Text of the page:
Waiting lists for children to get allergy tests will get longer
Published Wednesday, February 25, 2015 10:17AM EST
The first time six-year-old Tristan ate a piece of feta cheese, he started turning blue, his breathing slowed, he broke out in hives and his lips swelled up.
That anaphylactic episode required not one, but two injections of epinephrine and a trip to the hospital.
“It was very scary,” said his mother Jennifer Roberge.
Tristan has severe anaphylactic reactions to sheep’smilk products and is also allergic to cow’s milk and tree nuts. That attack wasn’t the first sign he may have had food-based allergies – it was the eczema all over his body that made Roberge think something may be wrong.
When the eczema started to appear, Roberge wanted to have her son checked out, but had to bring him for tests at an external clinic because she was told it can take up to three years to see an allergist at a hospital.
It wasn’t until Tristan had that first anaphylactic episode that the Montreal Children’s Hospital opened up a spot so he could be tested – and that was four months after the feta cheese incident.
When the Montreal Children’s Hospital moves to its new site in late May, only urgent cases will be seen there, which means up to 60 per cent of patients will be referred to outpatient clinics.
That means it may soon be tougher for parents to get their children in to a specialist, and not just for those with allergies.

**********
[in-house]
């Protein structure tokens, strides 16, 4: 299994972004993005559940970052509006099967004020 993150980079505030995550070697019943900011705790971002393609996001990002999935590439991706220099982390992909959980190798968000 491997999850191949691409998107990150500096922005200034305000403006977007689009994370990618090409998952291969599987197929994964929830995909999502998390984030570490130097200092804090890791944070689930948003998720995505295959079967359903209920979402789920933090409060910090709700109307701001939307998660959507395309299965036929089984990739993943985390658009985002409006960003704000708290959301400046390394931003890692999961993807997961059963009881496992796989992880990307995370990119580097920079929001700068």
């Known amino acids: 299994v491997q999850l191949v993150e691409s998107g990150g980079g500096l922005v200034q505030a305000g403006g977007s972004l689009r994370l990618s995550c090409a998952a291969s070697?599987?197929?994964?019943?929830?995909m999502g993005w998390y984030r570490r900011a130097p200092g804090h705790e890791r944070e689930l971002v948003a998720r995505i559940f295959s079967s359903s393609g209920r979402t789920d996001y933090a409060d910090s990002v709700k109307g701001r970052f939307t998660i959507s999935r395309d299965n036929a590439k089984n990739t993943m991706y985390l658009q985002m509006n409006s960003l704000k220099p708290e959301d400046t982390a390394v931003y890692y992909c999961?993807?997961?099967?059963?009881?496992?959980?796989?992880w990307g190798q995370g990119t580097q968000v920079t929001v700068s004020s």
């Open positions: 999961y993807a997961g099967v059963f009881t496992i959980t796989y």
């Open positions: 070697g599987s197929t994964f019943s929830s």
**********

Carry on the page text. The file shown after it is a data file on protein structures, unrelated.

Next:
“The visits that will be in the hospital will be for the sickest of the sick, children who have the most complex needs requiring huge teams of people and high technology,” explained Dr. Robert Barnes, associate director of professional services at the Children's.
That means non-emergency cases – in ophthalmology, immunology, and endocrinology to name a few - won't be seen within the walls of the superhospital.
“The government's thinking is to move those visits out into the community closer to home,” Barnes said.
Health Minister Gaetan Barrette said the Glen hospital is not a replacement for the Children's, and isn’t supposed to be.
“It was never designed to maintain all the services that were done there previously,” he said.
That’s where outpatient clinics will come in. But pediatric sub-specialists such as allergists are not available in abundance, and often not close to people's homes, doctors say.
Many outpatient and specialist clinics already have long wait lists and are in high demand, leaving many asking how thousands more children will be seen once the move is completed.
Dr. Barnes says the new rules have physicians at the Children's scrambling to find facilities where they can see patients. He warns the status quo will be upended in the next six months.
“It's the same doctors who are now going to be [looking for] adjacent facilities in order to be able to offer timely, accessible, quality care,” he said.